I am the master of the Royal yacht.(The coroner cautioned this witness, not to criminate himself.) I had no knowledge of any duel until after it had taken place.I had reason to believe a duel had taken place by Mr. Hawkey and Mr. Pym coming to my house on the evening of Tuesday 20th May, between 7 and 8 o'clock.Mr. Pym wished to see me in a private parlour, at which time Mr. Hawkey came in without my knowledge.Mr. Pym told me that an unfortunate affair had taken place between his friend Mr. Hawkey and Mr. Seton.A gentleman had been wounded, at Stoke's Bay, he said, and asked me to give any assistance I could to that gentleman, who was wounded.He had left persons with him, and had sent for a surgeon.I went immediately down to the spot as soon as I could and found no one there.I returned to my house.Mr. Hawkey and Mr. Pym remained in my house until between 11 and 12, when they retired to their lodgings a short distance from my house.I saw no more of them until the morning, about half-past 9.They took breakfast and then left my house, and I have seen no more of them.I have known Mr. Pym from a child, and for that reason he came to my house, as he considered it a second home.
Mr. Pym told me he had been the friend, by which I understood he had been the second.He told me none of the circumstances connected with that affair respecting himself personally.I understood from Mr. Hawkey on that evening that Mrs. Hawkey had been grossly insulted several times by Mr. Seton.I never saw Mr. Seton in my life and I know nothing of him.Mr. Hawkey said, that Mr. Seton had challenged him, and that they had met. That is all I know.
THE VERDICT OF THE JURY AT THE INQUEST
The jury retired for 35 minutes.On their return the foreman read the following verdict. -
"We find that the immediate cause of Mr. Seton's death was the result of a surgical operation, rendered imperatively necessary by the imminent danger in which he was placed by the infliction of a gunshot wound. He received the wound on 20th May last in a duel with Lieutenant Henry Charles Moorhead Hawkey, of the Royal Marines.We therefore find that the said Lieutenant Hawkey and Edward Lawes Pym, as well as all the parties concerned in the said duel, guilty of Wilful Murder.The jury would further express their unanimous conviction that everything, which the best professional skill, the greatest attention, and the utmost kindness could suggest, was rendered to Mr. Seton by his respective medical attendants.
THE CASE FOR THE PROSECUTION
At The Winchester Summer Assizes in July 1846, Lieutenant Hawkey was indicted for the wilful murder of Seton.Mr. Rawlinson and Mr. Smith were counsel for the prosecution.Mr. Rawlinson told the jury, that he believed there could be no doubt, and their own moral sense and religious feelings would tell them, that the law was this - that if a man went out deliberately to fight a fellow man, and killed that man, he was guilty of murder.Whether the law was right or whether the law was wrong, their own sense would tell them that they had nothing to do with that - they were there to administer the law as it at present stood.If that law was wrong, it ought to be amended by the competent authorities. They, the jury, would agree that it would be a most serious thing to tamper with their oaths.If the law were to be carried into execution as it might suit the feelings or prejudices of 12 men, no one would feel that security he now did feel as to the due administration of the law.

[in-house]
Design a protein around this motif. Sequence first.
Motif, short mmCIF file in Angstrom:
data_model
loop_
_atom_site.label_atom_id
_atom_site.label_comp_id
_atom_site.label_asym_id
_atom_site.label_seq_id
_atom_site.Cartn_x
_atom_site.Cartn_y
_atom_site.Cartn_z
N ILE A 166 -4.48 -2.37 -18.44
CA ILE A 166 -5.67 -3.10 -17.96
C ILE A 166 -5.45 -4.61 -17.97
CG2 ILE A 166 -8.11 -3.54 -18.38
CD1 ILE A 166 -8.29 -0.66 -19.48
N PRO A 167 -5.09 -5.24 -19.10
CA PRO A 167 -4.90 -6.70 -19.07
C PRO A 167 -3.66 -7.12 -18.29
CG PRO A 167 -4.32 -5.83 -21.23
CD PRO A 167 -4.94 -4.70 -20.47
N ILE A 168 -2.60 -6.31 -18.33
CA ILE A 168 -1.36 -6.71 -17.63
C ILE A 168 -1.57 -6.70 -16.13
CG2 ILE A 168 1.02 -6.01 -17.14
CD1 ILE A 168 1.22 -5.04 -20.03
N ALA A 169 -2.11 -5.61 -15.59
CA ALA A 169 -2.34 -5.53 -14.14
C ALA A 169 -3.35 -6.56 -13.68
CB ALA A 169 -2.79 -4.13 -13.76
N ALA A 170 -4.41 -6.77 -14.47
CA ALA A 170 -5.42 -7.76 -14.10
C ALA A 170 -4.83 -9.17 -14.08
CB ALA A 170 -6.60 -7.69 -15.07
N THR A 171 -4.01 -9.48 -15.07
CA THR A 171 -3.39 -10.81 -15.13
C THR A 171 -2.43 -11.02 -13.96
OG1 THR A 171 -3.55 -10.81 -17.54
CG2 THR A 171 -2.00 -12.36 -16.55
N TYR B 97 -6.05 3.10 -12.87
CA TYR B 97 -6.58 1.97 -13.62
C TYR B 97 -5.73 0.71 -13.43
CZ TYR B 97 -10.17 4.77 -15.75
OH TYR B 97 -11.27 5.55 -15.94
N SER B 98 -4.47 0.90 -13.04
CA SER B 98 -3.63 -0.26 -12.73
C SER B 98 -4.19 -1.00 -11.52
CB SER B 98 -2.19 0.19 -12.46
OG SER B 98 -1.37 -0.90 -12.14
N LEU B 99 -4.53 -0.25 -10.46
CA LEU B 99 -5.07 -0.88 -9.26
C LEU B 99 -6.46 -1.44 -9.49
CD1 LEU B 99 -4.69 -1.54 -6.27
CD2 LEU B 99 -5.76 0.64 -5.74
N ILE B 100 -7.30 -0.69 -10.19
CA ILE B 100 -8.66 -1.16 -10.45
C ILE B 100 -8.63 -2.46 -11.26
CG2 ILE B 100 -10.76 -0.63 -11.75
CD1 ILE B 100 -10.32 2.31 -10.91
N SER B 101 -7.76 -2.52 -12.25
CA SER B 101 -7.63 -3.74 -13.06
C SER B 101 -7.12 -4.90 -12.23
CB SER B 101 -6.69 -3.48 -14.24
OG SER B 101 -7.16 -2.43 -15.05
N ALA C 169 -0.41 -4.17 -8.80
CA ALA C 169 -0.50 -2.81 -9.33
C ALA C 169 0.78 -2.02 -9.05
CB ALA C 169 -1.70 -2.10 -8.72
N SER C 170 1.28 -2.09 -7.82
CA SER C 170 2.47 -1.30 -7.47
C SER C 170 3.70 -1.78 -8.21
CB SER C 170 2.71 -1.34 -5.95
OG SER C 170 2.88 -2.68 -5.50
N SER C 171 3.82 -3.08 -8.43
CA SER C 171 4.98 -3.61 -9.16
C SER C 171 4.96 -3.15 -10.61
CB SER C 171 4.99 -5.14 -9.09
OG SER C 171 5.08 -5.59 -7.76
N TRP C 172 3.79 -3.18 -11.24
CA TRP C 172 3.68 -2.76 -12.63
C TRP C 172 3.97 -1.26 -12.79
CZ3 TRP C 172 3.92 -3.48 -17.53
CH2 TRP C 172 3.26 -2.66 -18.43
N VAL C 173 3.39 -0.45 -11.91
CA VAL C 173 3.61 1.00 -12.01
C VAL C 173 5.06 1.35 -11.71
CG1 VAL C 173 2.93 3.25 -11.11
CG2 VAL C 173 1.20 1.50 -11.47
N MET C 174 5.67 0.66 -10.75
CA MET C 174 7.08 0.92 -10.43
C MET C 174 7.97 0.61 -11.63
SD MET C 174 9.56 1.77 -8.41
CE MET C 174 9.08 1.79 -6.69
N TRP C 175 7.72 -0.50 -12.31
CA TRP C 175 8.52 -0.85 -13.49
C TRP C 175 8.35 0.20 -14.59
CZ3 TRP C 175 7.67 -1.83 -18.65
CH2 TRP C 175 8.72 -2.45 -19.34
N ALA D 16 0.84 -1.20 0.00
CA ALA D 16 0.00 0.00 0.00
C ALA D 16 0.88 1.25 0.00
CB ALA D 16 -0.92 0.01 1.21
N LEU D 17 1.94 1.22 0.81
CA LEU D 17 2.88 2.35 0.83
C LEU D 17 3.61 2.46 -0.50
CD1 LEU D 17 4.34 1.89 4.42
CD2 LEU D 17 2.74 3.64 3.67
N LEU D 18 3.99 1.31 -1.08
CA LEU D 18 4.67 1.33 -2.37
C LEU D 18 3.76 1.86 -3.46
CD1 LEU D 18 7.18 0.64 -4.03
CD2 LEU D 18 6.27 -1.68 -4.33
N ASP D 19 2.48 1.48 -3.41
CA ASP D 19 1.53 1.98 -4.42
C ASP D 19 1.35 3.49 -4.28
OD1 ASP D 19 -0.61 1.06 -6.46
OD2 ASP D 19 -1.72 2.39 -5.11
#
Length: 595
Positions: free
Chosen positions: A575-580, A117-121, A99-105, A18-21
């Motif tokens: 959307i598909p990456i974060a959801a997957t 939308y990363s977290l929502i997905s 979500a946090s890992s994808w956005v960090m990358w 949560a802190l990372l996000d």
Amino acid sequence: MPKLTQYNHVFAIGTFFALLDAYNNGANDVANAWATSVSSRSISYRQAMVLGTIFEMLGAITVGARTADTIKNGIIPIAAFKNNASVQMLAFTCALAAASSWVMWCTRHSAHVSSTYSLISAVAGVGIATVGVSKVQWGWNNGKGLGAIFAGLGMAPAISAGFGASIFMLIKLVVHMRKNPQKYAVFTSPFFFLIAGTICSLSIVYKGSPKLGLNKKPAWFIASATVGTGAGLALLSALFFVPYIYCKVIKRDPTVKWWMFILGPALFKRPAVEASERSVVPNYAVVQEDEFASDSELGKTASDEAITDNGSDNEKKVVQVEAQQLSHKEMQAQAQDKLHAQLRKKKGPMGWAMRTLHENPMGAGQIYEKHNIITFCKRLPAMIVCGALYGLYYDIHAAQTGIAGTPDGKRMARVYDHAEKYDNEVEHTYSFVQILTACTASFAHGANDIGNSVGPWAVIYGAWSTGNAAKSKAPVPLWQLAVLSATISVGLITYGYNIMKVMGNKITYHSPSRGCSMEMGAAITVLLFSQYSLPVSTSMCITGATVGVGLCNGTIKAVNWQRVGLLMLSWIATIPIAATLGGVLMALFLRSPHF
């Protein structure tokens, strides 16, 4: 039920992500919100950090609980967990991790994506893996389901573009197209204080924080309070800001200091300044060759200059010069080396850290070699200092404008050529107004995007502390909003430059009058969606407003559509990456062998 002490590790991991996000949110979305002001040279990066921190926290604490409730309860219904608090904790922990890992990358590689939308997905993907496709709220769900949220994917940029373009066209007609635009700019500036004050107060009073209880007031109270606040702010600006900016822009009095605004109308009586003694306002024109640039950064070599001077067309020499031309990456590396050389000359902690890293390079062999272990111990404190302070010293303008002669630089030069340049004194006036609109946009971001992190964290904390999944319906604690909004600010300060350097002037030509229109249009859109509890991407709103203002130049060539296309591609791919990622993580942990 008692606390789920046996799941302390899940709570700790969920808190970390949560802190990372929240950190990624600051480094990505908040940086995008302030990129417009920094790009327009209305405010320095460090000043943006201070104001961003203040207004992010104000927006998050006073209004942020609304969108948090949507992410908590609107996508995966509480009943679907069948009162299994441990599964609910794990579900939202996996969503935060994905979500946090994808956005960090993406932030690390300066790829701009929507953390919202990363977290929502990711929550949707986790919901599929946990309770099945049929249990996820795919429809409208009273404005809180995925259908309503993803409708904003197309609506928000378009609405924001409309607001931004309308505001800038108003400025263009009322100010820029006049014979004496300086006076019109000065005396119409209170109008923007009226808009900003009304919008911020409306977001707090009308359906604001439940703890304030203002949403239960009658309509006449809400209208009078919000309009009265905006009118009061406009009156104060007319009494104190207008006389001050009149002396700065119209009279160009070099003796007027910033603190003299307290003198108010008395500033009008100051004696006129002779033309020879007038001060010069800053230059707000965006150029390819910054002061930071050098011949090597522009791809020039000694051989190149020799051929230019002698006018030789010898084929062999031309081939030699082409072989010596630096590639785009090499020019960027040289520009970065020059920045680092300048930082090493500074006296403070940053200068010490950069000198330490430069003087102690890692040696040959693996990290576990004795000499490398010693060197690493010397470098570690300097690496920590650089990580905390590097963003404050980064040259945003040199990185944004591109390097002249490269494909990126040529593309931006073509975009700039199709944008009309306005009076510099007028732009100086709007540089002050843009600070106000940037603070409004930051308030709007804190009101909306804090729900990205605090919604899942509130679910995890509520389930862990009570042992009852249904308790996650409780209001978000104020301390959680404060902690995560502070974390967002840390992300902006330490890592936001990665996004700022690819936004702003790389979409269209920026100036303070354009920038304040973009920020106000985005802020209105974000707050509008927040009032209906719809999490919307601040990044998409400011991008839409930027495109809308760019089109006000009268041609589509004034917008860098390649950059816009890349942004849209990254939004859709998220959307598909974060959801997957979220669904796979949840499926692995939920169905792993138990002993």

At the trial of Pym, Mr. Rawlinson put before the jury a short outline of the facts, which he intended to prove by evidence: -
On the 20th May, 1845, Pym went with his brother officer, Lieutenant Hawkey of the Marines, as second in a duel, in which the deceased, Mr. Seton, the principal of the other side, fell, on Brown Down, leading to Alverstoke and Titchfield, three or four miles from Gosport. On the evening of 19th of May, Mr. and Mrs. Seton were residing at Southsea, and Mr. and Mrs. Hawkey and the prisoner Pym were attending a ball, or soiree at the King's Rooms at Southsea, this ball being held every other Monday in the season.In the course of the evening a misunderstanding or quarrel occurred between Mr. Seton and Lieutenant Hawkey; they retired to a card room, the door was closed, and after some minutes they came out of the room.Lieutenant Hawkey sat near the door of the ballroom, with the prisoner, and, as Mr Seton left the ballroom, words passed between them, but what they were was not known.Early next morning a person called upon Lieutenant Hawkey, a card was sent up from Lieutenant Rowles, who was the second to Mr Seton on the occasion.As early as 10 o'clock in the morning of 20th, two persons, one of whom would be spoken to as Lieutenant Hawkey, and the other he believed would turn out to be the prisoner at the bar, were seen proceeding to Portsmouth from Southsea, and words fell from them.
He referred to the evidence of the merchant, John Lewes Thorne, given at the Coroner's Inquest.-